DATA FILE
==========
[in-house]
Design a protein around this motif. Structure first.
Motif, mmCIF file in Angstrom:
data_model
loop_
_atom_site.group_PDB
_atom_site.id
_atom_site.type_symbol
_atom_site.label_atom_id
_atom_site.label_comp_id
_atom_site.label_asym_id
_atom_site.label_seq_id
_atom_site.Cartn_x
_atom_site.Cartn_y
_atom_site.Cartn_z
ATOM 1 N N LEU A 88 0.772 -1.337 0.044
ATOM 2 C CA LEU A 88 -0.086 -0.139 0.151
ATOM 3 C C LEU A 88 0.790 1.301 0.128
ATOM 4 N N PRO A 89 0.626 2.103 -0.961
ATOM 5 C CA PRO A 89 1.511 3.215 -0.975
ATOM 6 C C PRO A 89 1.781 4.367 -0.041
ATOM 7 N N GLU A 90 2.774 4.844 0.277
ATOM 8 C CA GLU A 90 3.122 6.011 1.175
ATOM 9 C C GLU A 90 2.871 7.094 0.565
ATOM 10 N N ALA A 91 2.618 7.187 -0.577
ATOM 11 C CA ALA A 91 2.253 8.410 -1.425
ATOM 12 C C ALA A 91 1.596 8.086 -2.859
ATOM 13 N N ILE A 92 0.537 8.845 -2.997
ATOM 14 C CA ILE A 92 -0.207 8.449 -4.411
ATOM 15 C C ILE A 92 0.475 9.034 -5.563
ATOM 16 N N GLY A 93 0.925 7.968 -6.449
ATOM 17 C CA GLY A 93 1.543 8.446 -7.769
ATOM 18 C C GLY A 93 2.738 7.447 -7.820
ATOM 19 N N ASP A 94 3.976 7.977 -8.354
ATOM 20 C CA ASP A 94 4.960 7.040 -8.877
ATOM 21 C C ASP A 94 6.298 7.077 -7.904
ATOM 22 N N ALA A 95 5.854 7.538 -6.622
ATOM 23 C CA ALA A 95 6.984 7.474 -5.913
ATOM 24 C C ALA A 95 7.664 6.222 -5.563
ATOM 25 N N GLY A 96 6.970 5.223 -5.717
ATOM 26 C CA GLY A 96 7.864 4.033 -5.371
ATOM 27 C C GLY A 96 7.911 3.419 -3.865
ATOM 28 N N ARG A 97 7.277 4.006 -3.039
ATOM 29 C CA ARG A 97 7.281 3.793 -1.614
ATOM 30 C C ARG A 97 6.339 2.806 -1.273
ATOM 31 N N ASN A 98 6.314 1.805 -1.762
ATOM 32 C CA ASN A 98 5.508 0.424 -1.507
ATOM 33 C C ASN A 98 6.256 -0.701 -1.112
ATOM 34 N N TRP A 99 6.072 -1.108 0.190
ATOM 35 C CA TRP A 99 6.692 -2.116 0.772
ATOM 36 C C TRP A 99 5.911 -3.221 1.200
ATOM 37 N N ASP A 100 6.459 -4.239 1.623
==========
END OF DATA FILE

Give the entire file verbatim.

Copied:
[in-house]
Design a protein around this motif. Structure first.
Motif, mmCIF file in Angstrom:
data_model
loop_
_atom_site.group_PDB
_atom_site.id
_atom_site.type_symbol
_atom_site.label_atom_id
_atom_site.label_comp_id
_atom_site.label_asym_id
_atom_site.label_seq_id
_atom_site.Cartn_x
_atom_site.Cartn_y
_atom_site.Cartn_z
ATOM 1 N N LEU A 88 0.772 -1.337 0.044
ATOM 2 C CA LEU A 88 -0.086 -0.139 0.151
ATOM 3 C C LEU A 88 0.790 1.301 0.128
ATOM 4 N N PRO A 89 0.626 2.103 -0.961
ATOM 5 C CA PRO A 89 1.511 3.215 -0.975
ATOM 6 C C PRO A 89 1.781 4.367 -0.041
ATOM 7 N N GLU A 90 2.774 4.844 0.277
ATOM 8 C CA GLU A 90 3.122 6.011 1.175
ATOM 9 C C GLU A 90 2.871 7.094 0.565
ATOM 10 N N ALA A 91 2.618 7.187 -0.577
ATOM 11 C CA ALA A 91 2.253 8.410 -1.425
ATOM 12 C C ALA A 91 1.596 8.086 -2.859
ATOM 13 N N ILE A 92 0.537 8.845 -2.997
ATOM 14 C CA ILE A 92 -0.207 8.449 -4.411
ATOM 15 C C ILE A 92 0.475 9.034 -5.563
ATOM 16 N N GLY A 93 0.925 7.968 -6.449
ATOM 17 C CA GLY A 93 1.543 8.446 -7.769
ATOM 18 C C GLY A 93 2.738 7.447 -7.820
ATOM 19 N N ASP A 94 3.976 7.977 -8.354
ATOM 20 C CA ASP A 94 4.960 7.040 -8.877
ATOM 21 C C ASP A 94 6.298 7.077 -7.904
ATOM 22 N N ALA A 95 5.854 7.538 -6.622
ATOM 23 C CA ALA A 95 6.984 7.474 -5.913
ATOM 24 C C ALA A 95 7.664 6.222 -5.563
ATOM 25 N N GLY A 96 6.970 5.223 -5.717
ATOM 26 C CA GLY A 96 7.864 4.033 -5.371
ATOM 27 C C GLY A 96 7.911 3.419 -3.865
ATOM 28 N N ARG A 97 7.277 4.006 -3.039
ATOM 29 C CA ARG A 97 7.281 3.793 -1.614
ATOM 30 C C ARG A 97 6.339 2.806 -1.273
ATOM 31 N N ASN A 98 6.314 1.805 -1.762
ATOM 32 C CA ASN A 98 5.508 0.424 -1.507
ATOM 33 C C ASN A 98 6.256 -0.701 -1.112
ATOM 34 N N TRP A 99 6.072 -1.108 0.190
ATOM 35 C CA TRP A 99 6.692 -2.116 0.772
ATOM 36 C C TRP A 99 5.911 -3.221 1.200
ATOM 37 N N ASP A 100 6.459 -4.239 1.623